30 December 2007

Book Review: Harry Potter and the Half-Blood Prince by J. K. Rowling

Harry Potter and the Half-Blood Prince For Harry’s sixth year, Hogwarts has both a new Defence Against the Darks Arts teacher and a new Potions master. The latter is Horace Slughorn, returned to Hogwarts after Dumbledore seeks Harry’s help in cajoling him out of retirement; for Slughorn has a carefully-buried secret that Dumbledore wants wormed out of him. He also has lower standard for his class, meaning that Harry and Ron unexpectedly find themselves eligible for N.E.W.T.-level Potions. Until they can acquire their own copies, he lends them old textbooks, and Harry discovers that his has been heavily annotated by a previous owner. The self-styled Half-Blood Prince had filled the margins with useful corrections and his own spells, both of which Harry cheerfully employs - to the horror of Hermione, who doesn’t trust the Prince, whoever he (or she) may have been. Nor does she trust Harry’s conclusions about the behaviour of Draco Malfoy. Sure, Draco’s unpleasant, but dangerous?

Spying on Draco, trying to trip up Slughorn, captaining the Gryffindor Quidditch team, learning to Apparate, following Dumbledore on a Pensieve tour through Voldemort’s past - it would be enough for anyone, even without the personal dramas. Harry and Hermione, Hermione and Ron, Ron and Ginny, Ginny and Dean, Dean and Ron, Ron and Lavender - with so many disputes, the Gryffindor common room is an uncomfortable place to be. Soon Dumbledore’s office is too, as Harry learns that destroying Voldemort is going to be far more difficult than he thought. The task gets even harder when the battle between good and evil breaks out again and changes everything.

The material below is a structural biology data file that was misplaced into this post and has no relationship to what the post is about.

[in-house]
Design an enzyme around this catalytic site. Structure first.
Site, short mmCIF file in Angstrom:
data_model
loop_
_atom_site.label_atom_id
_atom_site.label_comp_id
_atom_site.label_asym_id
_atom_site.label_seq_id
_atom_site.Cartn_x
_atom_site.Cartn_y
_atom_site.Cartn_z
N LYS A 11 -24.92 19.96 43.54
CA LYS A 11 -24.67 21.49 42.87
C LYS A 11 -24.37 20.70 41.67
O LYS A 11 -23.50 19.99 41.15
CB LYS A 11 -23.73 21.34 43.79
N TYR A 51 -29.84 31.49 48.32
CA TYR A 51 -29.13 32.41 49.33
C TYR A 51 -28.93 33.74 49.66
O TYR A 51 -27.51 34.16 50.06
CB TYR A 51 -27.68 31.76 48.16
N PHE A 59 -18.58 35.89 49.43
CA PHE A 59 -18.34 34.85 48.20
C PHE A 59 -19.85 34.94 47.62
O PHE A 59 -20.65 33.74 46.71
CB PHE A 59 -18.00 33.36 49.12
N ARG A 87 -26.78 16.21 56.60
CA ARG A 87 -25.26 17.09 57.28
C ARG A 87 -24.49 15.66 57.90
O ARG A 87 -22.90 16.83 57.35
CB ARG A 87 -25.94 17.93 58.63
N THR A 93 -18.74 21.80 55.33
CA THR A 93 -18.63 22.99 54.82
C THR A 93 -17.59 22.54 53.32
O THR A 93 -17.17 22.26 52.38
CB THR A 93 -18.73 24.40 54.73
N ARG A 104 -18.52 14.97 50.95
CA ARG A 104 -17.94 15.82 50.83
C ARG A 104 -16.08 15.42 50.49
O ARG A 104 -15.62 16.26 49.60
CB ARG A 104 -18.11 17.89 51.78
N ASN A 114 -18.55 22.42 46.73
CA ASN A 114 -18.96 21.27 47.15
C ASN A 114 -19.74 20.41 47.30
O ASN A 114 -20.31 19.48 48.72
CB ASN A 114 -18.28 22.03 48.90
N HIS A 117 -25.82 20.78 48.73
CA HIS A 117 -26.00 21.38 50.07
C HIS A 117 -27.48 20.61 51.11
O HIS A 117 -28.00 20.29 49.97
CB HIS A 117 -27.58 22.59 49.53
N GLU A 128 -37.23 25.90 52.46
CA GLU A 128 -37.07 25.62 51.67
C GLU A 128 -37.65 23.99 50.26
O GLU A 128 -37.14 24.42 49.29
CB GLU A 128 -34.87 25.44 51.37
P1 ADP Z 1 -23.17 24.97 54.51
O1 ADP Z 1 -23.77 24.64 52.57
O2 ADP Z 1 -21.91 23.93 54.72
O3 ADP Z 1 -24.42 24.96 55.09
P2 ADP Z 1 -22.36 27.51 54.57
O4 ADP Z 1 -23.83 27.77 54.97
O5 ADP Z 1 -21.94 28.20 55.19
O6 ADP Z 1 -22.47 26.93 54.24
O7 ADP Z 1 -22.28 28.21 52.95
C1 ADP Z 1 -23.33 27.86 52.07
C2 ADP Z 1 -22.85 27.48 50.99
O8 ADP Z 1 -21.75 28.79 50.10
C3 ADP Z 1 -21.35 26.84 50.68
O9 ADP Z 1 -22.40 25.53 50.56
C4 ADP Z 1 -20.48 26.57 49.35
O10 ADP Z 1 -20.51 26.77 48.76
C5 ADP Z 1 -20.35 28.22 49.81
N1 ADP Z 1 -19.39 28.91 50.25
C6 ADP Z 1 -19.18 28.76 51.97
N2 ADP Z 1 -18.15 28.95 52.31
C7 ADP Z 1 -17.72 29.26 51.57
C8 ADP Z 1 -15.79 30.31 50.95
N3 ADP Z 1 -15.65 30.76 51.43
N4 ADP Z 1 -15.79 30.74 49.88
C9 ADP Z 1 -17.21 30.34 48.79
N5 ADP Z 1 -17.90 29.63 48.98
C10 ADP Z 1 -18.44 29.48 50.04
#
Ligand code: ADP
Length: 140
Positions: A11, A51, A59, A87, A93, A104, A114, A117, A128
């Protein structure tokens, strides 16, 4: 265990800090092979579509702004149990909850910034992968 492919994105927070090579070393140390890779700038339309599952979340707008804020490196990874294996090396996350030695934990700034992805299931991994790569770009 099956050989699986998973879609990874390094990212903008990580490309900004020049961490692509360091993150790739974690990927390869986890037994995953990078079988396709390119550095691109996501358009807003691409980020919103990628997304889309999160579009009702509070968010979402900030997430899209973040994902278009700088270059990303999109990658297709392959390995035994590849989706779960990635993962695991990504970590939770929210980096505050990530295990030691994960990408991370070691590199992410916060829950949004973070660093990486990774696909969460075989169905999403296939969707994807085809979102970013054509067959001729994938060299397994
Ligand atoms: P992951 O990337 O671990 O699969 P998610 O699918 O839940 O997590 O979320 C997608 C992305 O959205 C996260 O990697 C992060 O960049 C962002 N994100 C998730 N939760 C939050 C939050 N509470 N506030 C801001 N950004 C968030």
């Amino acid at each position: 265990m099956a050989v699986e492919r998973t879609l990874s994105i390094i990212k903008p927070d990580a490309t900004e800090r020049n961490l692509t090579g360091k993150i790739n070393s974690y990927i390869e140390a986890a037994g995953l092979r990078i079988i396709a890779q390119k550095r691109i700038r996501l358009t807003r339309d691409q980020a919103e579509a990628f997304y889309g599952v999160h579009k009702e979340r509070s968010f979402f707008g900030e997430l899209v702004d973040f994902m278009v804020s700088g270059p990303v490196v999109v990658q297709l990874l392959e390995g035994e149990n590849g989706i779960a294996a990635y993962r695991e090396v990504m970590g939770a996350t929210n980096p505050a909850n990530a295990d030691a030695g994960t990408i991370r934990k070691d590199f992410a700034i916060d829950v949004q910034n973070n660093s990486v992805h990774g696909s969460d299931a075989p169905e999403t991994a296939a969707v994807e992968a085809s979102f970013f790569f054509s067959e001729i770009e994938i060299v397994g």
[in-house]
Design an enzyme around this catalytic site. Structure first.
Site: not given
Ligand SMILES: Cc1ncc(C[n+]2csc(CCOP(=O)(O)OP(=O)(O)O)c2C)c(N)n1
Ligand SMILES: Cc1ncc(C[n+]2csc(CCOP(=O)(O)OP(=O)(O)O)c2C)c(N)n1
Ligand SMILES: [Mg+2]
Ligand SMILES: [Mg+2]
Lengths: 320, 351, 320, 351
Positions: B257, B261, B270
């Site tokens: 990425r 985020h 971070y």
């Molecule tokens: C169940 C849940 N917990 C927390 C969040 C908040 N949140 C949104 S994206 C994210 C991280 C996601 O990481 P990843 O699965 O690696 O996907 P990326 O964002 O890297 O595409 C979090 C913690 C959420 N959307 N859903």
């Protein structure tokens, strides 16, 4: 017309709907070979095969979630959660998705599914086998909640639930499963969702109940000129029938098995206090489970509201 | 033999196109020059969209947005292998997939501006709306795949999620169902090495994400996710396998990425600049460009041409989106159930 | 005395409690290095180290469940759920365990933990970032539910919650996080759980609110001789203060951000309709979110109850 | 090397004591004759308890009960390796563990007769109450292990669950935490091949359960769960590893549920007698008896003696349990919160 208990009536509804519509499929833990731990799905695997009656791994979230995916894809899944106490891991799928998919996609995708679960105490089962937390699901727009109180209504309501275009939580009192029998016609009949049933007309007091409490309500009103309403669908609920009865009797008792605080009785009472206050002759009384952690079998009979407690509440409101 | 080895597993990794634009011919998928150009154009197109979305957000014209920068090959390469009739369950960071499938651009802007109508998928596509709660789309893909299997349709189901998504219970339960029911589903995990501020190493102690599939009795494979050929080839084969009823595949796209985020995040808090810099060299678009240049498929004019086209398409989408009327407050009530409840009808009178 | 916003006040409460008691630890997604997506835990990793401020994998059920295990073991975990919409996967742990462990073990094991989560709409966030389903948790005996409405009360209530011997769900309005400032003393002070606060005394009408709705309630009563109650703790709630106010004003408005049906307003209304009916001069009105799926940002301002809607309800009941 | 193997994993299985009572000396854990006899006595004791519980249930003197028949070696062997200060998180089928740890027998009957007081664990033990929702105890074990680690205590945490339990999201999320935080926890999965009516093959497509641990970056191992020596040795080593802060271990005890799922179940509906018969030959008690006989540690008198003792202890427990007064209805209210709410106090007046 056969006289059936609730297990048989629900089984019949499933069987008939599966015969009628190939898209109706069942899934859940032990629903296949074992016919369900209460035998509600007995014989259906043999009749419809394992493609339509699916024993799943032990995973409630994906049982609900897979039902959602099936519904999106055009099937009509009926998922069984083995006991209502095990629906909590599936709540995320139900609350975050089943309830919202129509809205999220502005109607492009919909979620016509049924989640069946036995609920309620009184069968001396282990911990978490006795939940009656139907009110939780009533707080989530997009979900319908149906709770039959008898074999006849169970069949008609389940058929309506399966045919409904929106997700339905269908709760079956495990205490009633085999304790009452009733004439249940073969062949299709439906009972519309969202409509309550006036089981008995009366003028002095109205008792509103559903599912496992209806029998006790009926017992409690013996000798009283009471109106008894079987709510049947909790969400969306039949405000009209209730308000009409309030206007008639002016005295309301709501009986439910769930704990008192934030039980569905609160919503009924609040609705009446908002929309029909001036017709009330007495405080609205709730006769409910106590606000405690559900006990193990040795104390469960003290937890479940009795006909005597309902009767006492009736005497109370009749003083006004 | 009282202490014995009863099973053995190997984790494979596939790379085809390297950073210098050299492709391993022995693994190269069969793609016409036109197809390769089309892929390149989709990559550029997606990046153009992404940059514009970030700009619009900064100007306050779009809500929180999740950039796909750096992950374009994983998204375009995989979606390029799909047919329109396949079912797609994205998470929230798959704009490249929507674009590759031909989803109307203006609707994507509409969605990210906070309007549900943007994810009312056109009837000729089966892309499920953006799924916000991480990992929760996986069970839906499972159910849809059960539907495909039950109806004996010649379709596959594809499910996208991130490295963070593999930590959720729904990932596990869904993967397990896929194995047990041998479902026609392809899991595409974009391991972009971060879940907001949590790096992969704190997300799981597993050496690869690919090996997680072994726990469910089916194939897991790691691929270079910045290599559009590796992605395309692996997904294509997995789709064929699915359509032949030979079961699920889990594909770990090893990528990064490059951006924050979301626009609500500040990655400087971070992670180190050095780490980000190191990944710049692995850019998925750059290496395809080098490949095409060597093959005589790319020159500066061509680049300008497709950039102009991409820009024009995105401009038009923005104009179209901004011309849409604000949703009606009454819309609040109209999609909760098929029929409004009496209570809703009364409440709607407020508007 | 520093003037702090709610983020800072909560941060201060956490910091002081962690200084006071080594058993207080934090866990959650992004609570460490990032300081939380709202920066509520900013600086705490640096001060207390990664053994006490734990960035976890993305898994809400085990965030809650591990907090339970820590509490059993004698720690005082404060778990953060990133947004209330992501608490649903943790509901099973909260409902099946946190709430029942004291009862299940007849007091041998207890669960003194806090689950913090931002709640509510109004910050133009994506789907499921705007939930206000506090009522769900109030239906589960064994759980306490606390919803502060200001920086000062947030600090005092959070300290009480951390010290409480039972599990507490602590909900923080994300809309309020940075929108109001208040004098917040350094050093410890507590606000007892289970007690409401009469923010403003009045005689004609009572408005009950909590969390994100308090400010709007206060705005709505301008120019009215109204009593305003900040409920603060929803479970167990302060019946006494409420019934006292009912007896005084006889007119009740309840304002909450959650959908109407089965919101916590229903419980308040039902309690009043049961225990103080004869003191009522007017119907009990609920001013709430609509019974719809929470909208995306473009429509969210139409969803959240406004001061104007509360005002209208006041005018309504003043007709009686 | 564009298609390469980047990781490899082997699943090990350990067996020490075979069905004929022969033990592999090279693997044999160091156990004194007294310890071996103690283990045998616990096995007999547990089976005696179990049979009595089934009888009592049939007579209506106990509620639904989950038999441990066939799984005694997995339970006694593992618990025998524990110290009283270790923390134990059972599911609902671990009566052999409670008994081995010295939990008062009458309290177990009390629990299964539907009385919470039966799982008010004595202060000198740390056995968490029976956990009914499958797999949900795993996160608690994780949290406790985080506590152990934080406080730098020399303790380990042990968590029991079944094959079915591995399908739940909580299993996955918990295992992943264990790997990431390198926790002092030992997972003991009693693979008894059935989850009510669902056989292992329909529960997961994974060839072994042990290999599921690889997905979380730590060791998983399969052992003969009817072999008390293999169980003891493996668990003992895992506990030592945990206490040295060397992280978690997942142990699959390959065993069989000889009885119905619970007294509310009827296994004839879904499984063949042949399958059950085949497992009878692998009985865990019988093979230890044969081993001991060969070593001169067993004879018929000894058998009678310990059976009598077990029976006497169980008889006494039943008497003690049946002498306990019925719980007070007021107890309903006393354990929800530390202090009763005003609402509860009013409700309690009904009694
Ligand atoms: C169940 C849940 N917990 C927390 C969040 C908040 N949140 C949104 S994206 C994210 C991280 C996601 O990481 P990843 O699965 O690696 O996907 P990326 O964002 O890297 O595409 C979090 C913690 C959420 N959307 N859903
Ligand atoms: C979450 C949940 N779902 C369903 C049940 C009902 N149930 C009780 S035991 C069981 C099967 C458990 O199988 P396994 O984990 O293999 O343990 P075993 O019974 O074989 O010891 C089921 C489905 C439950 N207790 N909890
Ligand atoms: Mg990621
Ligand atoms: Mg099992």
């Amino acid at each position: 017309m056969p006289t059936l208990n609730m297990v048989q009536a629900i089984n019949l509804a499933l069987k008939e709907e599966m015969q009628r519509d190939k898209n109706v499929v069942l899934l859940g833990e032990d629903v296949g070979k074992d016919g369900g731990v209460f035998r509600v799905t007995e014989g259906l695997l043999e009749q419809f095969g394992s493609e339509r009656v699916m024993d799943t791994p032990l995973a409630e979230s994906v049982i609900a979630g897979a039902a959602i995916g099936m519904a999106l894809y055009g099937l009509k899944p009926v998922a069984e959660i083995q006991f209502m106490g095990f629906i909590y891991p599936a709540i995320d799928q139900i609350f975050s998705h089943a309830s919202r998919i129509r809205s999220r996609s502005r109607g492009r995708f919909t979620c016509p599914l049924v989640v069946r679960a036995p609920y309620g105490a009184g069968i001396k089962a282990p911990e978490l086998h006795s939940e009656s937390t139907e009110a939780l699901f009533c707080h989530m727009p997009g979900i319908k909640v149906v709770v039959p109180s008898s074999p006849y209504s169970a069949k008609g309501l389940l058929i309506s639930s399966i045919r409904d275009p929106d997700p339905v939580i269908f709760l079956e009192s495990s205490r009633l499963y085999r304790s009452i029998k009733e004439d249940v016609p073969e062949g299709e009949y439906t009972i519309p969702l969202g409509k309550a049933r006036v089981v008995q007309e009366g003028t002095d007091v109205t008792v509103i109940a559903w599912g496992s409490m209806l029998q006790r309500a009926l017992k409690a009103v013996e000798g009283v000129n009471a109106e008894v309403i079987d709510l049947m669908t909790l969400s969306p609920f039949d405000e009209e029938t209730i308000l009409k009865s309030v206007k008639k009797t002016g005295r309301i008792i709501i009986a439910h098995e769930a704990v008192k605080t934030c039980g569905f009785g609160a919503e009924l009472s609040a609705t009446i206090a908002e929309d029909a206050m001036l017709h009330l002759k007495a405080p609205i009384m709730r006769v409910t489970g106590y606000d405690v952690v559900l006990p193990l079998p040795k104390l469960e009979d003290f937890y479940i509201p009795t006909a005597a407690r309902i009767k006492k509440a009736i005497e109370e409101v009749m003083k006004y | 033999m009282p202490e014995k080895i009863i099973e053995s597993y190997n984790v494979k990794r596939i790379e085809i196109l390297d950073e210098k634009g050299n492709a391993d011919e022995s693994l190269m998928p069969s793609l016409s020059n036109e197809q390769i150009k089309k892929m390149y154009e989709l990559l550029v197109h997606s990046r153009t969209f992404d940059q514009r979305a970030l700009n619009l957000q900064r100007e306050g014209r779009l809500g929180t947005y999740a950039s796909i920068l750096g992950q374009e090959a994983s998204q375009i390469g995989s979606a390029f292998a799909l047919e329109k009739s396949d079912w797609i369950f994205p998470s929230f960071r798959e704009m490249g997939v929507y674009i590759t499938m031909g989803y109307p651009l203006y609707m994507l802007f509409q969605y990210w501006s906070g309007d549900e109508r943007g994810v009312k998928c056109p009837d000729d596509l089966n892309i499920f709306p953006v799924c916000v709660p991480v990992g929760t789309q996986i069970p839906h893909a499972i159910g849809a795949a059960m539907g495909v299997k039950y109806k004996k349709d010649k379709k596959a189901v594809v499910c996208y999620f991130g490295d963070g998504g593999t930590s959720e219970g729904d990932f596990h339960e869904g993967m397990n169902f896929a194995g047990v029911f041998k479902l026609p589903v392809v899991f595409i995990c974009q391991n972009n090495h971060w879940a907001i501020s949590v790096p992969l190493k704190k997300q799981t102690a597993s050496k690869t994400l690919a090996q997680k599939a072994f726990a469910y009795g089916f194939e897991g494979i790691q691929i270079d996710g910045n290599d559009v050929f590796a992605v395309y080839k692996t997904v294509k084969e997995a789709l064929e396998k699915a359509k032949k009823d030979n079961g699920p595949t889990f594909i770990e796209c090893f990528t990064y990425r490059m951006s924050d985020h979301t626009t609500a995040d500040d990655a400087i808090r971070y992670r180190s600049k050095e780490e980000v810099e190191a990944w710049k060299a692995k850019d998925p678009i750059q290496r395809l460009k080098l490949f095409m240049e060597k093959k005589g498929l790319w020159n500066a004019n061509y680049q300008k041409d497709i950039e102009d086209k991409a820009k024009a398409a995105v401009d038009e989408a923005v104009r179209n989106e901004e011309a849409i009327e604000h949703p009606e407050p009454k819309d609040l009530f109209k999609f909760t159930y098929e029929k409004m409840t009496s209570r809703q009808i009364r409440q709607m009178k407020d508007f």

After The Order of the Phoenix the series gets back to top form with the sixth instalment. There are still arguments aplenty, but here they have a strong element of comedy, rather than just teenage attitude and bad temper. Horace Slughorn makes a fine addition to the cast: self-important, elitist, name-dropping, and showing a different side to Slytherin house. It’s almost a mystery novel, with Draco obviously up to something, but no-one entirely sure what, and Harry taking every opportunity to investigate. The solution is clever, building on clues from previous books as well as this; and it arrives in a jaw-dropping, sit-bolt-upright ending. The stakes are raised and there is clearly no going back. Discovering the identity of the Half-Blood Prince is merely an added bonus.

The penultimate book in the series sets up what promises to be a stunning conclusion. Not just by the scale of the threat, but the size of the obstacles yet to be overcome. For Voldemort is no fool and ... well, let’s just say that there’s a reason the term ‘Death Eaters’ holds so much appeal. I picked up Deathly Hallows immediately after finishing Half-Blood Prince and can only imagine how much suspense the people who read the books as they came out must have been left in between the two.

Rating: A+

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Header image shows detail of A Young Girl Reading by Jean-Honoré Fragonard, c. 1776